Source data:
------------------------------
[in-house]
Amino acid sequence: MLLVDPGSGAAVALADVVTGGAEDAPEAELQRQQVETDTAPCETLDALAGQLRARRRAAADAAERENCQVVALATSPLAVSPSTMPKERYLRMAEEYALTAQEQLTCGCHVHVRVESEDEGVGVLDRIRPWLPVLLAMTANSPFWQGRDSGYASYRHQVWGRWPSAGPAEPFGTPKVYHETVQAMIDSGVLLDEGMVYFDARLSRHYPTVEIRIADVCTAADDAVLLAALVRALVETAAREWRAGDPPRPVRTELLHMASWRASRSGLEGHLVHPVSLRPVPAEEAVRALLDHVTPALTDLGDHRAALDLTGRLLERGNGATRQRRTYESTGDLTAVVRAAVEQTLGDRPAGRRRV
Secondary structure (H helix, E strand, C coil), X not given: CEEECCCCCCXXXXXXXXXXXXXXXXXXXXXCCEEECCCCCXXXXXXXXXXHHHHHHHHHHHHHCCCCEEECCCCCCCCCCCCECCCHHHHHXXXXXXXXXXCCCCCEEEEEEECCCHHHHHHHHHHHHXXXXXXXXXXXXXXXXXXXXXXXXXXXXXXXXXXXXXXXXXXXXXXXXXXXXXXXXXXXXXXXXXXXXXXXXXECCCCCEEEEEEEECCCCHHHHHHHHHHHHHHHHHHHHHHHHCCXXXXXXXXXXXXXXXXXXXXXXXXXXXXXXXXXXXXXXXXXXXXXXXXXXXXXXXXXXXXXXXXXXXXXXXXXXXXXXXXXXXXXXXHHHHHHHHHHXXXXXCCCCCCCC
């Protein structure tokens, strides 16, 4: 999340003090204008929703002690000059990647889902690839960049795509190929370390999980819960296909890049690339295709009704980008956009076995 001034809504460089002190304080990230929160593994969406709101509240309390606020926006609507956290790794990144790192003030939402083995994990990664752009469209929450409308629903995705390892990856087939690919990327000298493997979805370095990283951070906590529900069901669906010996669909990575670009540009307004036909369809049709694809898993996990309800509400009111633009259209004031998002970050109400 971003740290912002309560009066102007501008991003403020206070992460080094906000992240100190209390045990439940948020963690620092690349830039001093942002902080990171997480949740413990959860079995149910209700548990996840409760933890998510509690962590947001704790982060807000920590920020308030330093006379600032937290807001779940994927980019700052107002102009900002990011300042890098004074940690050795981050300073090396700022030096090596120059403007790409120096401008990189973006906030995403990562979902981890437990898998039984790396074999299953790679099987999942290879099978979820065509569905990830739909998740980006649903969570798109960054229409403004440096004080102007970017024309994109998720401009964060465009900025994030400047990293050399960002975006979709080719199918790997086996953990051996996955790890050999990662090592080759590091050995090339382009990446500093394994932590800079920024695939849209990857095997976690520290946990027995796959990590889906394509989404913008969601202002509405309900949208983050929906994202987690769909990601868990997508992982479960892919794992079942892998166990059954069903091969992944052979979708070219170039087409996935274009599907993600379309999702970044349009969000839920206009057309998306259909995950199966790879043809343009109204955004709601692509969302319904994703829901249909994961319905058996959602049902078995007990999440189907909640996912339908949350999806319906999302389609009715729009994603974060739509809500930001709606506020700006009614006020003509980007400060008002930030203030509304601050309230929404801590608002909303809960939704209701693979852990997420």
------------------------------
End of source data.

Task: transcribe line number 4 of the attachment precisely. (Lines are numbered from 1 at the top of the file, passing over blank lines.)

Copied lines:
């Protein structure tokens, strides 16, 4: 999340003090204008929703002690000059990647889902690839960049795509190929370390999980819960296909890049690339295709009704980008956009076995 001034809504460089002190304080990230929160593994969406709101509240309390606020926006609507956290790794990144790192003030939402083995994990990664752009469209929450409308629903995705390892990856087939690919990327000298493997979805370095990283951070906590529900069901669906010996669909990575670009540009307004036909369809049709694809898993996990309800509400009111633009259209004031998002970050109400 971003740290912002309560009066102007501008991003403020206070992460080094906000992240100190209390045990439940948020963690620092690349830039001093942002902080990171997480949740413990959860079995149910209700548990996840409760933890998510509690962590947001704790982060807000920590920020308030330093006379600032937290807001779940994927980019700052107002102009900002990011300042890098004074940690050795981050300073090396700022030096090596120059403007790409120096401008990189973006906030995403990562979902981890437990898998039984790396074999299953790679099987999942290879099978979820065509569905990830739909998740980006649903969570798109960054229409403004440096004080102007970017024309994109998720401009964060465009900025994030400047990293050399960002975006979709080719199918790997086996953990051996996955790890050999990662090592080759590091050995090339382009990446500093394994932590800079920024695939849209990857095997976690520290946990027995796959990590889906394509989404913008969601202002509405309900949208983050929906994202987690769909990601868990997508992982479960892919794992079942892998166990059954069903091969992944052979979708070219170039087409996935274009599907993600379309999702970044349009969000839920206009057309998306259909995950199966790879043809343009109204955004709601692509969302319904994703829901249909994961319905058996959602049902078995007990999440189907909640996912339908949350999806319906999302389609009715729009994603974060739509809500930001709606506020700006009614006020003509980007400060008002930030203030509304601050309230929404801590608002909303809960939704209701693979852990997420």